Based upon the book by Dr. Seuss (whose name is officially part of the title), THE LORAX has been contemporized a bit making it accessible to not only super-environmental-types, but to those who were raised upon conservation and not environmentalism. In THE LORAX, Ted (Zac Efron) is a twelve-year-old boy who lives in the plasticized, walled city of Thneedville. Ted is in love with a teenage girl named Audrey (Taylor Swift). Audrey doesn't quite fit in Thneedville and paints the back of her house full of colorful trees which no longer exist. She longs to see a real tree and Ted becomes determined to find one for her. During dinner one night, Ted's Grammy Norma (Betty White) tells Ted that in order to find out what happened to the trees and if there's another one to be found, he needs to speak with the Once-ler (Ed Helms) who lives outside the city walls. Ted has never been outside the city, but sets out on a mission to meet the Once-ler and find a tree. He succeeds in finding the creature on the edge of town and the Once-ler tells Ted his story of how he started life off as an industrious, young man with a heart who just wanted to be a success, how he found a valley of paradise, and how he met The Lorax (Danny Devito). Before the story is through, the Once-ler's tale will merge with Ted's and perhaps revive the valley again.

    Visually, THE LORAX is stunning. Both the natural beauty of the paradise valley and the plastic artificiality of Thneedville are full of bright and beautiful colors. These are contrasted by the present day greys of the world outside of Thneedville, the world that the Once-ler created.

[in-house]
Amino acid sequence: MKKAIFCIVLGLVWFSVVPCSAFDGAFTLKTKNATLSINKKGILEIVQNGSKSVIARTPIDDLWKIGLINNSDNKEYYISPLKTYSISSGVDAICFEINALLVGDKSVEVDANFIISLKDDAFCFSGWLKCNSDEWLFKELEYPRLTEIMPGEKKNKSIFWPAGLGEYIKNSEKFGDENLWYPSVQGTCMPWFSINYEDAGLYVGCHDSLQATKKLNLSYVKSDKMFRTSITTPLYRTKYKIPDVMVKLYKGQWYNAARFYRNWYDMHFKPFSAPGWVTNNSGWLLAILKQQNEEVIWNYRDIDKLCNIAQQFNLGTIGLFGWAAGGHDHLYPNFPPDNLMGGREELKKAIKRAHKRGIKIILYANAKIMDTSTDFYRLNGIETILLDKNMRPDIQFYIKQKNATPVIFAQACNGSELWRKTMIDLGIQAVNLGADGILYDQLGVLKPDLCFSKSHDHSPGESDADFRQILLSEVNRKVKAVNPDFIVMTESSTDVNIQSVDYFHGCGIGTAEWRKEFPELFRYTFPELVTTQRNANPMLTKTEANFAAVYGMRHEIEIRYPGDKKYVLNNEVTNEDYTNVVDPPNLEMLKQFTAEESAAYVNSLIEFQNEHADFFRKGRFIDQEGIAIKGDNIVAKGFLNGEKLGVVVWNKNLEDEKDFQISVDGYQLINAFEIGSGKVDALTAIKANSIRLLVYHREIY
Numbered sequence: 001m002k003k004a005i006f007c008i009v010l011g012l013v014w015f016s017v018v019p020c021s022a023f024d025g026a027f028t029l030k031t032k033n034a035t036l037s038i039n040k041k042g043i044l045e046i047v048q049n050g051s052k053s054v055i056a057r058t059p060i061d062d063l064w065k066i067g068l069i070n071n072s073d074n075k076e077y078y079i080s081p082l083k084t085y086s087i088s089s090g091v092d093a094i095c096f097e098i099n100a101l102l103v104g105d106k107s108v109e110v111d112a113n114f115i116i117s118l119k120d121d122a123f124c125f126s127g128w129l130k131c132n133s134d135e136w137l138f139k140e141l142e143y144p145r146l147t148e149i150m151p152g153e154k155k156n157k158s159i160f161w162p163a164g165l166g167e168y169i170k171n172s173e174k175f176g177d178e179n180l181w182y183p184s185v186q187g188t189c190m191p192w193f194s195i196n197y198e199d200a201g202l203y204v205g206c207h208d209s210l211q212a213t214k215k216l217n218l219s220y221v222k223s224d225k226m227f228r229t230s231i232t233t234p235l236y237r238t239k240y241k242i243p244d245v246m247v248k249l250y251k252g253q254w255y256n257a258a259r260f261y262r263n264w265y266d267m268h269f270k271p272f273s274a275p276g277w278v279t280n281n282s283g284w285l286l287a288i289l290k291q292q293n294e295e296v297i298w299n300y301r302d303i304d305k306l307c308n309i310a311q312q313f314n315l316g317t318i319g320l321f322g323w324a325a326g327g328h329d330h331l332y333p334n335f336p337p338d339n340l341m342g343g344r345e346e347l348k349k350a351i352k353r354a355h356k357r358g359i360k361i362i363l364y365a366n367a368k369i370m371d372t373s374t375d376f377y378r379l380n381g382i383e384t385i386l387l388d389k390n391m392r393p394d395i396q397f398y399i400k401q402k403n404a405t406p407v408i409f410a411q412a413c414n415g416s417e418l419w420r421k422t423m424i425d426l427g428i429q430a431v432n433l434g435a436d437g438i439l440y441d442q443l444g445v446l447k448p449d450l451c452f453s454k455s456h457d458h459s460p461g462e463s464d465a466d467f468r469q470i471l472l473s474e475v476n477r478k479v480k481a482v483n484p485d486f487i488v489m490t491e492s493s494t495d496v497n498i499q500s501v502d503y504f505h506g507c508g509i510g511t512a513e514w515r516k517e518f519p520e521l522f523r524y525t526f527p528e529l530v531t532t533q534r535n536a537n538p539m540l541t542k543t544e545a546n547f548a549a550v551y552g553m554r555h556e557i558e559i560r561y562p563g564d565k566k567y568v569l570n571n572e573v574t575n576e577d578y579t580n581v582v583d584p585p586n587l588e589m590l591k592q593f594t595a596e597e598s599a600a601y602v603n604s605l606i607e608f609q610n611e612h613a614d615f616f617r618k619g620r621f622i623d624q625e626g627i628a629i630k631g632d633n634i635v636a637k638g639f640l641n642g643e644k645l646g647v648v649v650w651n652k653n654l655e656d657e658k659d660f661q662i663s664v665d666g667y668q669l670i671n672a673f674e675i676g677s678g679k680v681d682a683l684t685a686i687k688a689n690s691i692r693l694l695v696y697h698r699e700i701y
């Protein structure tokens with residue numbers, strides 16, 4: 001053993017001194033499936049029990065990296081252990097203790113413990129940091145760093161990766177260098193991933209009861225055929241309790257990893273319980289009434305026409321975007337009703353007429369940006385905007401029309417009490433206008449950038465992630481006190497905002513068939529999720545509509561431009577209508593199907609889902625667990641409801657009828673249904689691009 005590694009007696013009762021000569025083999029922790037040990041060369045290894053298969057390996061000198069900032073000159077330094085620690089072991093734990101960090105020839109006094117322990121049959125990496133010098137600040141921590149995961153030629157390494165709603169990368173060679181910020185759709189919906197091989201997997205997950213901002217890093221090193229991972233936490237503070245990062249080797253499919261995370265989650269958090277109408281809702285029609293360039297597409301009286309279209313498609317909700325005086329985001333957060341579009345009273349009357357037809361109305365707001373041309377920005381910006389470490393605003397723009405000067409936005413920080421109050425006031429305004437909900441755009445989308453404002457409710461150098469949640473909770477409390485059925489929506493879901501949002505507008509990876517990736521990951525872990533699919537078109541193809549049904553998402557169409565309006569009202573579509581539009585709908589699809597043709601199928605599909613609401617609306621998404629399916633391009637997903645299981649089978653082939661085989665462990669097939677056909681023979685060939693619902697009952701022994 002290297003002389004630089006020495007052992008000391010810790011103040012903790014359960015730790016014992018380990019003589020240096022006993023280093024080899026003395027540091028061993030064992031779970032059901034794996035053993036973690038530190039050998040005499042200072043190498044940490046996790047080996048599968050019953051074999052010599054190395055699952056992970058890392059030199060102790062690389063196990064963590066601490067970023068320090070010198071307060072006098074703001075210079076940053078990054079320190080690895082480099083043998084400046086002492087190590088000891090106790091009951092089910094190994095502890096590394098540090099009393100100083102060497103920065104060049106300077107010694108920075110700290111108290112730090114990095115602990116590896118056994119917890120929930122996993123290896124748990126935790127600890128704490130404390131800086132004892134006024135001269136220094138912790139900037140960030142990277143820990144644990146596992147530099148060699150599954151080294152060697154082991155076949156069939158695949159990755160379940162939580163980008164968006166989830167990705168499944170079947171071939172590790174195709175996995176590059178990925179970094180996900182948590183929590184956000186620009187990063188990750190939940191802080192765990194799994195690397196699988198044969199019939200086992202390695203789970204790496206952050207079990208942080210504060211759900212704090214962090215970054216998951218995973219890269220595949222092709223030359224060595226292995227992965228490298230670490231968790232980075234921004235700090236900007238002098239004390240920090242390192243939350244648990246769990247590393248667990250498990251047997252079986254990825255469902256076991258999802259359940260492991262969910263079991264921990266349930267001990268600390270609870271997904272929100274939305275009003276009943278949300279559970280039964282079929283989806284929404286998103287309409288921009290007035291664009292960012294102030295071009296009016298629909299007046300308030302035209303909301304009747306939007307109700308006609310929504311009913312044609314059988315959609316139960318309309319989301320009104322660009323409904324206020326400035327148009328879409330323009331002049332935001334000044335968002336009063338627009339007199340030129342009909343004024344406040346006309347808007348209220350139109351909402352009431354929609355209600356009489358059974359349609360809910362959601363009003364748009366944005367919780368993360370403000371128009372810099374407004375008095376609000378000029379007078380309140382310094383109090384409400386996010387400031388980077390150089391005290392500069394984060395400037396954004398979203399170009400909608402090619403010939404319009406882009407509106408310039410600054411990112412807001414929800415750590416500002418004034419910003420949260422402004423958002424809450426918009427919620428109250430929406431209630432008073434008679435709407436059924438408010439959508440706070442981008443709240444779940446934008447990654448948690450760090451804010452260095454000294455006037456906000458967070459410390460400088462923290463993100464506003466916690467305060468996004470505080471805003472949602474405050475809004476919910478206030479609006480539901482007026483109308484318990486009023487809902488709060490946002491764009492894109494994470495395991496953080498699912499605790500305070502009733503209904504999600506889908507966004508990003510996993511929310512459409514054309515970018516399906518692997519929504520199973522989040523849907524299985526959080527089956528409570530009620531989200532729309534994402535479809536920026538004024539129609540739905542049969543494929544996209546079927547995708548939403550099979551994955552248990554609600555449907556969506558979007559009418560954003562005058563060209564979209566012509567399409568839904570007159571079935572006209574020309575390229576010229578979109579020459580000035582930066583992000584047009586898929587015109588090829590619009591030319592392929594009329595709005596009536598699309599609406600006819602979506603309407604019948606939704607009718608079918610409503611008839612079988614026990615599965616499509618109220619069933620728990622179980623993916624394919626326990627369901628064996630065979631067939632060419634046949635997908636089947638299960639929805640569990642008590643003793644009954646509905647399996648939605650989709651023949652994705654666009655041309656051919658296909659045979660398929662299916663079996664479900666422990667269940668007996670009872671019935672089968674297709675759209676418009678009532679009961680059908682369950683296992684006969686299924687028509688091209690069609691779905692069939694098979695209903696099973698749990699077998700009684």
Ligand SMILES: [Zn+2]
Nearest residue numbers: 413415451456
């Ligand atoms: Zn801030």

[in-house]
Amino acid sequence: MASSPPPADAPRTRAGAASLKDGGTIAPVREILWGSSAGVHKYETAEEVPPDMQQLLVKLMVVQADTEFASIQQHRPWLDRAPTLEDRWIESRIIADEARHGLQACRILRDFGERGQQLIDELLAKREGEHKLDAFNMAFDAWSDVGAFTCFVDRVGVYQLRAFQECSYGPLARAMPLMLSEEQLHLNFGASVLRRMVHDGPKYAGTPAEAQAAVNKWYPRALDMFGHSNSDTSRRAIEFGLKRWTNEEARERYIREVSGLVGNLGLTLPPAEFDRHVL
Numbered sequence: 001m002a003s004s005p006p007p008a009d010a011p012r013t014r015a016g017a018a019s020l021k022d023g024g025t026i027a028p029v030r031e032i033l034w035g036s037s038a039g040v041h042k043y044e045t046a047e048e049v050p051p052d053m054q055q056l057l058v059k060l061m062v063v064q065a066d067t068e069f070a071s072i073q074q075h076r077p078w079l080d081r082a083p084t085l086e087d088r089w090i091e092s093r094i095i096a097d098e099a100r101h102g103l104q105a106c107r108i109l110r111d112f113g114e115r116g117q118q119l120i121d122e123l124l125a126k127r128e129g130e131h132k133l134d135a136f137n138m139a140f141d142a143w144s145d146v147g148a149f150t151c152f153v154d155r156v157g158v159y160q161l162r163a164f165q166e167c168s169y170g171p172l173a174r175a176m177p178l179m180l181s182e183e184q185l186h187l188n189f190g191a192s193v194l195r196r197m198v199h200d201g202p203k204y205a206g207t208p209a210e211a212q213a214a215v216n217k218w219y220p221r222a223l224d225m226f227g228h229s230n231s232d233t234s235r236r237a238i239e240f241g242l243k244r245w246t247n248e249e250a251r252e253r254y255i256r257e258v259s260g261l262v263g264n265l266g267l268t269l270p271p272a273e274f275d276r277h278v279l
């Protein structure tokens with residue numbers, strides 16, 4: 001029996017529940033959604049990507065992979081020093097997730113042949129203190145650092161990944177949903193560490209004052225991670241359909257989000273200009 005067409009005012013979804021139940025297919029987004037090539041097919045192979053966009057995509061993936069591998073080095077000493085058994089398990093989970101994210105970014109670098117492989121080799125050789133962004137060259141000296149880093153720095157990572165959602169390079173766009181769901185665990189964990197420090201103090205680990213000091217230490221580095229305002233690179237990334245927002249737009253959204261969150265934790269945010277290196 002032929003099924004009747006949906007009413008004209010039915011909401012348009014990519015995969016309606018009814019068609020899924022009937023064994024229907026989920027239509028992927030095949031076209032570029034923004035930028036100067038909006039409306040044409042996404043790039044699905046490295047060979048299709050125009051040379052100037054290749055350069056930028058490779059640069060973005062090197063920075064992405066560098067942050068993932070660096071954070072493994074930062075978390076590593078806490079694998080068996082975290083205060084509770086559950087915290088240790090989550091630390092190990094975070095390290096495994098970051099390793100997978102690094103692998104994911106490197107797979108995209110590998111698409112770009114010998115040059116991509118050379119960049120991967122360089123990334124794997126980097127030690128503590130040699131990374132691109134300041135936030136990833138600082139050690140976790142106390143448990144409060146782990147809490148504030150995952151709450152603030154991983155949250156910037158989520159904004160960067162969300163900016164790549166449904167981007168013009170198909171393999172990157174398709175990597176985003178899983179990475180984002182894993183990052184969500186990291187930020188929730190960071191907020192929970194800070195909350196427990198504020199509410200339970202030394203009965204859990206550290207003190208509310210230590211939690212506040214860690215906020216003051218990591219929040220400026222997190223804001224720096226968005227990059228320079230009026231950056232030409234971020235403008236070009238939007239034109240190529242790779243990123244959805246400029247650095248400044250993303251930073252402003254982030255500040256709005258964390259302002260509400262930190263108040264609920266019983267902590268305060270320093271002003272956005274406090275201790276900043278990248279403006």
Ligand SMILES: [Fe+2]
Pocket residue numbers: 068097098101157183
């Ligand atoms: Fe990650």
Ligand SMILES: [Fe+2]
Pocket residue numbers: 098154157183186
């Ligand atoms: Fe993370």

The story stays fairly close to Dr. Seuss' original tale. However, there are a few differences.
    Read more ›
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    49 of 60 people found the following review helpful By The Movie Guy on April 9, 2012
    Format: DVD
    In the age of Hollywood's seeming endless films aimed against greed, consumerism, and environmental destruction, "The Lorax" is not to be outdone. Unlike the other films with hidden messages, this one is very direct. The voice of Danny Devito and Betty White made the film very special as you can see them in those roles. The film incorporates some of the original Dr. Seuss poetry to convey the message, but doesn't bog down the film with it as to lose the target audience who may not enjoy it as much as we did when we read the original first edition hard covers in the third grade.

    The story is about the Once-ler (what's in a name? Ed Helms) who cuts down all the trees and at times looking like Elton John playing the Pinball Wizard. He did this to make the Thneed (a versatile Huggie) that no one wanted until a pretty girl wore one. Ted Wiggins (Zac Efron) wants to obtain a tree because the pretty redhead Audry (Taylor Swift) wants one. Sort of like Brad Pitt suddenly caring about hungry third world kids. There are musical numbers and numerous messages about consumer marketing, greed, bottled water, and the environment. SNL's Nasim Pedrad did the voice of the Once-ler's mom, reminding me of the grandmother in the old Carol Burnett series.

    Perhaps the best message of the film is that individuals can make a difference. As an adult I enjoyed the film.
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    52 of 72 people found the following review helpful By Enjolras TOP 500 REVIEWERVINE VOICE on July 22, 2012
    Format: DVD